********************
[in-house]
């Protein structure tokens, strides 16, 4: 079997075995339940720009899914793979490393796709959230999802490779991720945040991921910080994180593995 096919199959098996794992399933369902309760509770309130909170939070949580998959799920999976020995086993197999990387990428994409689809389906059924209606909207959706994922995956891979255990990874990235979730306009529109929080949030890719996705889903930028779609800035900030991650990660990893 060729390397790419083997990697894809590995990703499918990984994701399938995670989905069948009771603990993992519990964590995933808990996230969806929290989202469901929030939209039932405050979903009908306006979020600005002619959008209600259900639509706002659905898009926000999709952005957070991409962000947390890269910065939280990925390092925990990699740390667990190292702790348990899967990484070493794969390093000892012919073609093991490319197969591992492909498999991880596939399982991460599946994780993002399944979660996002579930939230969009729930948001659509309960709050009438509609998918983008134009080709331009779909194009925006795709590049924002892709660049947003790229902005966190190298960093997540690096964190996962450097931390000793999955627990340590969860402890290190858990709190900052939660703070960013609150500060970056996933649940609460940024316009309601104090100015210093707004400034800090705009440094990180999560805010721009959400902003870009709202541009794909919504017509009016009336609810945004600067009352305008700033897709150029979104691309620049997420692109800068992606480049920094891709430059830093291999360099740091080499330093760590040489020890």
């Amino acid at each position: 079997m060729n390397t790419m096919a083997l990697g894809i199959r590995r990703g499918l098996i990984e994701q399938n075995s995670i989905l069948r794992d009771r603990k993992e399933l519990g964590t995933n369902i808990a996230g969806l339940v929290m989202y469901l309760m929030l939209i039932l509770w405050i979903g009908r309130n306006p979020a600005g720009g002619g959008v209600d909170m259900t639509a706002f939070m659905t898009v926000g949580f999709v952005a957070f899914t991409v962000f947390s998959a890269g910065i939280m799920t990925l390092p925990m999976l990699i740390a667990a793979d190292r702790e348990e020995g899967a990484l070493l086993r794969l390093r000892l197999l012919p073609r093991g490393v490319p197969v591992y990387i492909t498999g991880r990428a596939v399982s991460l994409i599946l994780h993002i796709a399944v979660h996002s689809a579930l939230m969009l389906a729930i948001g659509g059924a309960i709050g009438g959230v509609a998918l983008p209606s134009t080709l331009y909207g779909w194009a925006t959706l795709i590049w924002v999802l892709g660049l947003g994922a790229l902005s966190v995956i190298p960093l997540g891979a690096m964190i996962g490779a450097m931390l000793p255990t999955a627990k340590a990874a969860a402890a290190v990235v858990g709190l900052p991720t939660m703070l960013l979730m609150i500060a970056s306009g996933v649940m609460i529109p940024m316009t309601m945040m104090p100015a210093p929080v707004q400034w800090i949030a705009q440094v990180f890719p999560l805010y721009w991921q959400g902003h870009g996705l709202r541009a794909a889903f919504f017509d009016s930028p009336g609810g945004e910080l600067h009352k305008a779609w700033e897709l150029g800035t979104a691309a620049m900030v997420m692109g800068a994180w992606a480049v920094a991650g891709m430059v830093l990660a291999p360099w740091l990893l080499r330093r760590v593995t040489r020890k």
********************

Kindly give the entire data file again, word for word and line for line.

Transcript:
[in-house]
């Protein structure tokens, strides 16, 4: 079997075995339940720009899914793979490393796709959230999802490779991720945040991921910080994180593995 096919199959098996794992399933369902309760509770309130909170939070949580998959799920999976020995086993197999990387990428994409689809389906059924209606909207959706994922995956891979255990990874990235979730306009529109929080949030890719996705889903930028779609800035900030991650990660990893 060729390397790419083997990697894809590995990703499918990984994701399938995670989905069948009771603990993992519990964590995933808990996230969806929290989202469901929030939209039932405050979903009908306006979020600005002619959008209600259900639509706002659905898009926000999709952005957070991409962000947390890269910065939280990925390092925990990699740390667990190292702790348990899967990484070493794969390093000892012919073609093991490319197969591992492909498999991880596939399982991460599946994780993002399944979660996002579930939230969009729930948001659509309960709050009438509609998918983008134009080709331009779909194009925006795709590049924002892709660049947003790229902005966190190298960093997540690096964190996962450097931390000793999955627990340590969860402890290190858990709190900052939660703070960013609150500060970056996933649940609460940024316009309601104090100015210093707004400034800090705009440094990180999560805010721009959400902003870009709202541009794909919504017509009016009336609810945004600067009352305008700033897709150029979104691309620049997420692109800068992606480049920094891709430059830093291999360099740091080499330093760590040489020890």
């Amino acid at each position: 079997m060729n390397t790419m096919a083997l990697g894809i199959r590995r990703g499918l098996i990984e994701q399938n075995s995670i989905l069948r794992d009771r603990k993992e399933l519990g964590t995933n369902i808990a996230g969806l339940v929290m989202y469901l309760m929030l939209i039932l509770w405050i979903g009908r309130n306006p979020a600005g720009g002619g959008v209600d909170m259900t639509a706002f939070m659905t898009v926000g949580f999709v952005a957070f899914t991409v962000f947390s998959a890269g910065i939280m799920t990925l390092p925990m999976l990699i740390a667990a793979d190292r702790e348990e020995g899967a990484l070493l086993r794969l390093r000892l197999l012919p073609r093991g490393v490319p197969v591992y990387i492909t498999g991880r990428a596939v399982s991460l994409i599946l994780h993002i796709a399944v979660h996002s689809a579930l939230m969009l389906a729930i948001g659509g059924a309960i709050g009438g959230v509609a998918l983008p209606s134009t080709l331009y909207g779909w194009a925006t959706l795709i590049w924002v999802l892709g660049l947003g994922a790229l902005s966190v995956i190298p960093l997540g891979a690096m964190i996962g490779a450097m931390l000793p255990t999955a627990k340590a990874a969860a402890a290190v990235v858990g709190l900052p991720t939660m703070l960013l979730m609150i500060a970056s306009g996933v649940m609460i529109p940024m316009t309601m945040m104090p100015a210093p929080v707004q400034w800090i949030a705009q440094v990180f890719p999560l805010y721009w991921q959400g902003h870009g996705l709202r541009a794909a889903f919504f017509d009016s930028p009336g609810g945004e910080l600067h009352k305008a779609w700033e897709l150029g800035t979104a691309a620049m900030v997420m692109g800068a994180w992606a480049v920094a991650g891709m430059v830093l990660a291999p360099w740091l990893l080499r330093r760590v593995t040489r020890k």